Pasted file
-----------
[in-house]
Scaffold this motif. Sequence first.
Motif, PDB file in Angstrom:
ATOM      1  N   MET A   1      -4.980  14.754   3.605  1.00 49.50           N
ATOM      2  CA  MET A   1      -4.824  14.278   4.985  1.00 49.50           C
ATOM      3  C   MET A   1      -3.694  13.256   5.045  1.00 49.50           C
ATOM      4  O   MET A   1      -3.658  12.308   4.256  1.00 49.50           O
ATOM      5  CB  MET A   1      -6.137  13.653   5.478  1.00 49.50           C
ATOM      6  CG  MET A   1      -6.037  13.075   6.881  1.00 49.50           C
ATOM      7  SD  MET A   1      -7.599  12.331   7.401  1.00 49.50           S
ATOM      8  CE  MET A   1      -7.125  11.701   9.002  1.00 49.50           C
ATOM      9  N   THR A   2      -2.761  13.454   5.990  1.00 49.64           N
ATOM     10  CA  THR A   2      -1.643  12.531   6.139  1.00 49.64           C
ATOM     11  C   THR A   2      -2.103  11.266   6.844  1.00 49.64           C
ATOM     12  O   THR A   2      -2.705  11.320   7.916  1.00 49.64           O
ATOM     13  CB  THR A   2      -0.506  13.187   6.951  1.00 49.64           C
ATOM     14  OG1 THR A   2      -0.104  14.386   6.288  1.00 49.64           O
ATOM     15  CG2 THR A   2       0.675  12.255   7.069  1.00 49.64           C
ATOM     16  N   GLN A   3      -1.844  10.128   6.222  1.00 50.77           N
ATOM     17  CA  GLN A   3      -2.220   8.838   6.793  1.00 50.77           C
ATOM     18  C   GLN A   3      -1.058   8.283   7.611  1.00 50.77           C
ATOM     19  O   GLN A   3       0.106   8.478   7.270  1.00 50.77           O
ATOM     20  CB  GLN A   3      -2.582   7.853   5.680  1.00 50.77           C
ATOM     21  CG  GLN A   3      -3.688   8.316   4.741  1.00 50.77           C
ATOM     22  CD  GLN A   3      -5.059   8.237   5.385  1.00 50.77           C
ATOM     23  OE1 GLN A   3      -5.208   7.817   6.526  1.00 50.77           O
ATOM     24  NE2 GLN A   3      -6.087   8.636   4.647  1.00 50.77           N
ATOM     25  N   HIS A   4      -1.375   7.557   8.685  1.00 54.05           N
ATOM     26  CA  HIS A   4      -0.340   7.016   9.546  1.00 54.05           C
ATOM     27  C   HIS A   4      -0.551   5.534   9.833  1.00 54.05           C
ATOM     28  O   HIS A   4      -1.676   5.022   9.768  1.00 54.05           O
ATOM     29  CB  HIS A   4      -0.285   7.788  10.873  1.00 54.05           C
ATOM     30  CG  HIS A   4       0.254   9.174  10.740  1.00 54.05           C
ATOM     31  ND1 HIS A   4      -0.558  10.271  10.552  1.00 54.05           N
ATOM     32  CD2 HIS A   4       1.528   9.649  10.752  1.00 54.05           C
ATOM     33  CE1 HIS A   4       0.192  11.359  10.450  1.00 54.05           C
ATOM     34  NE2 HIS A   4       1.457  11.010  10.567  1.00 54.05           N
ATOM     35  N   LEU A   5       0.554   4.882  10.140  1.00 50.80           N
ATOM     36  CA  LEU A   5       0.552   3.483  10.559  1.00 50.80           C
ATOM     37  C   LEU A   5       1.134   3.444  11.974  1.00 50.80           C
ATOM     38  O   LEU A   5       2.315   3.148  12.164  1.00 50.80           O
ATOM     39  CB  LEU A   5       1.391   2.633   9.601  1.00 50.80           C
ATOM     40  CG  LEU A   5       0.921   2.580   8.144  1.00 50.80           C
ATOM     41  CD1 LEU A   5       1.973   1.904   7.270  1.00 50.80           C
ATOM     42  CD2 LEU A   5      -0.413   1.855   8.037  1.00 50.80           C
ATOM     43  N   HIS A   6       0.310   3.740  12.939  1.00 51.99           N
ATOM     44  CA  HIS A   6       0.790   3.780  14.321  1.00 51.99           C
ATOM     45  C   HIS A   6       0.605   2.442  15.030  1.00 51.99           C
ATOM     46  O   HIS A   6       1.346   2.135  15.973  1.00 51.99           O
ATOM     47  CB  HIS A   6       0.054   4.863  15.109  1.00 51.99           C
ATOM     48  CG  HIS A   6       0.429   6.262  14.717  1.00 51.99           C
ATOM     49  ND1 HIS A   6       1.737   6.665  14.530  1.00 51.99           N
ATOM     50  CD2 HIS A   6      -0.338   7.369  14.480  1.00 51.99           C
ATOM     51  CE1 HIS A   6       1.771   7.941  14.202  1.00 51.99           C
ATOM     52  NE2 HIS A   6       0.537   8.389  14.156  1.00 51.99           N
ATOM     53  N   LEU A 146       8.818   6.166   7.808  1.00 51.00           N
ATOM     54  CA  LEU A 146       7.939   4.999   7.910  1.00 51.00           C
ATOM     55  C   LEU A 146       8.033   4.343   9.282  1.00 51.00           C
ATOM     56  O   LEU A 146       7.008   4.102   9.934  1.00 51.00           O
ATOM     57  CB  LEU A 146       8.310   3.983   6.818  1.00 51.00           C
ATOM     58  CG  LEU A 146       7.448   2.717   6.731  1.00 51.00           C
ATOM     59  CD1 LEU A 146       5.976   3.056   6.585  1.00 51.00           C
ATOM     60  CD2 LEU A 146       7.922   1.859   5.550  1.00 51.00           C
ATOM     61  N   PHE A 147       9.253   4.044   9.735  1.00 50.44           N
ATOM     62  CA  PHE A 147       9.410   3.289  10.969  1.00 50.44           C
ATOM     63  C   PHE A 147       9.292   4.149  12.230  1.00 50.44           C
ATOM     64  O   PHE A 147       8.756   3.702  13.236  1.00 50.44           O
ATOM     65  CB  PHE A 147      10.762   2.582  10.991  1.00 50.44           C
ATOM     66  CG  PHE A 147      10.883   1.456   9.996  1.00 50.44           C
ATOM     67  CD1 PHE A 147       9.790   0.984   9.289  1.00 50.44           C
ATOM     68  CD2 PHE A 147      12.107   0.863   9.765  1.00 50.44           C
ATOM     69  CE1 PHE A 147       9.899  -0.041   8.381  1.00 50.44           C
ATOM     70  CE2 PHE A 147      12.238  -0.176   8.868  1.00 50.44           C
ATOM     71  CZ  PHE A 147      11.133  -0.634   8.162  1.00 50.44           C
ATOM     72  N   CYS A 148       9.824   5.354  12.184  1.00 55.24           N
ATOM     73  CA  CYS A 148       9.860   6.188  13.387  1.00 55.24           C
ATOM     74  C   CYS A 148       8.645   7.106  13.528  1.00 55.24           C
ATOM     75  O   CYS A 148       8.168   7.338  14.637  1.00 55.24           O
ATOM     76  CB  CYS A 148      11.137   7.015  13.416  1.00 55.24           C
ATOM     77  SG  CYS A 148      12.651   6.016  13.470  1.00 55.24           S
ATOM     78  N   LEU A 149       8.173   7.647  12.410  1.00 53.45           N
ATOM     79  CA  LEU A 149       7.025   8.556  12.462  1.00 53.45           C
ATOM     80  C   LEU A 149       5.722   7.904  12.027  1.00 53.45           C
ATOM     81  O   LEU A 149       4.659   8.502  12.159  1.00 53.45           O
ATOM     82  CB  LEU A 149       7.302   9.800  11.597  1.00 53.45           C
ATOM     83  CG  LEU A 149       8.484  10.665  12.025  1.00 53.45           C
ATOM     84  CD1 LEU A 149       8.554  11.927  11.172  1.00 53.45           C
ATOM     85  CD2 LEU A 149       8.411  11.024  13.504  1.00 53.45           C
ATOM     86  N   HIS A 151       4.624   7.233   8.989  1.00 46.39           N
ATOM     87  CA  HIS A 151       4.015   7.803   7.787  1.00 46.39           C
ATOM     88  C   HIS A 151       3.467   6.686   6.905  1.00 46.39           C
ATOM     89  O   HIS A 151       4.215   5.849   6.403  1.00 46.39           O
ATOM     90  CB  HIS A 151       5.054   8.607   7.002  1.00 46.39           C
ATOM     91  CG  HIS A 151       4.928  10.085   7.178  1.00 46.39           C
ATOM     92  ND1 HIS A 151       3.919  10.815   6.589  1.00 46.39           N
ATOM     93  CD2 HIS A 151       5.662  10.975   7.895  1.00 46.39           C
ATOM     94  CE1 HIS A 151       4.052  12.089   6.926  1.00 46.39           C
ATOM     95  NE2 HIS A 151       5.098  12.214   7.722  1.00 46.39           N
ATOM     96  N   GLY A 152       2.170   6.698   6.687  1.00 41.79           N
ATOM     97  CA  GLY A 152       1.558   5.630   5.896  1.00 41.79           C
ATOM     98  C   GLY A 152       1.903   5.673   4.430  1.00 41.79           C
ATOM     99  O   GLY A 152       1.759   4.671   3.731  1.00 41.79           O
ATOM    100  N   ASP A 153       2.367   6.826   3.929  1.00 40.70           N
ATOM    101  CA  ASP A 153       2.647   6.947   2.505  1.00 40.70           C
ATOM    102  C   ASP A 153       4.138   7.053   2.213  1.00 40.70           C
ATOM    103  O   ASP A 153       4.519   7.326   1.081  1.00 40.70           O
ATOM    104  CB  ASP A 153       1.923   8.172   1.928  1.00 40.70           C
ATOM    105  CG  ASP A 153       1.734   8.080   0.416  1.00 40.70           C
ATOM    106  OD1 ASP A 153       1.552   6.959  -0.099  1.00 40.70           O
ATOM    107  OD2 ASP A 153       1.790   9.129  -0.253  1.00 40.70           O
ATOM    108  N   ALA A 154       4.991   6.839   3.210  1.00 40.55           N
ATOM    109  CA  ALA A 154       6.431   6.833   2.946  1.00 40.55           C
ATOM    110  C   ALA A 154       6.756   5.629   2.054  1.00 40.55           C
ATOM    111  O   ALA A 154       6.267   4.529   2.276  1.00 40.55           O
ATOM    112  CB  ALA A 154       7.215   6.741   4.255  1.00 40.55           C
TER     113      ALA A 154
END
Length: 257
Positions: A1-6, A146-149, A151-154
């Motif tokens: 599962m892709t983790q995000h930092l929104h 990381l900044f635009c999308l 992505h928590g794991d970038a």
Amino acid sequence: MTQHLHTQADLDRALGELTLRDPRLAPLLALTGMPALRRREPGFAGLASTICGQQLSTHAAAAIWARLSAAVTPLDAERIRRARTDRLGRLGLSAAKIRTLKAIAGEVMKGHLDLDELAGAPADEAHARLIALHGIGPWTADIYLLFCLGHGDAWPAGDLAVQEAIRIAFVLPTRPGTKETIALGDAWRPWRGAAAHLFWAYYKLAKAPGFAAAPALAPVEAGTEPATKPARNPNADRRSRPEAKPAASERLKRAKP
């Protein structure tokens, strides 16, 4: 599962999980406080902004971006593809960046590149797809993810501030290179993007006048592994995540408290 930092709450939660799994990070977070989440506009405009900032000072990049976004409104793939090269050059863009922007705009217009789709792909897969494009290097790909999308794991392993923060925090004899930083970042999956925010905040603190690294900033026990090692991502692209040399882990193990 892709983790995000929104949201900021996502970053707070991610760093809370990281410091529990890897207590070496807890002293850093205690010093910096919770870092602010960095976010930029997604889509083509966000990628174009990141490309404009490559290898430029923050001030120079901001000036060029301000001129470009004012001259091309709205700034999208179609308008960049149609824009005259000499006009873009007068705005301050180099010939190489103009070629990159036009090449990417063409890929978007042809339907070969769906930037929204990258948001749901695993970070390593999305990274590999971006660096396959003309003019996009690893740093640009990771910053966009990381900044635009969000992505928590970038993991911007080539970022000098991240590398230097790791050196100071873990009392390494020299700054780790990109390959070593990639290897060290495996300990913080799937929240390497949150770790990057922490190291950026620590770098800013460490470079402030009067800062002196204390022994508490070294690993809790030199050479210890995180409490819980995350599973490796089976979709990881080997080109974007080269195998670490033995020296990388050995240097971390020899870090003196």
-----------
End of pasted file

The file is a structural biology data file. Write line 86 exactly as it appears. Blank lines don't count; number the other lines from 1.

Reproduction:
ATOM     83  CG  LEU A 149       8.484  10.665  12.025  1.00 53.45           C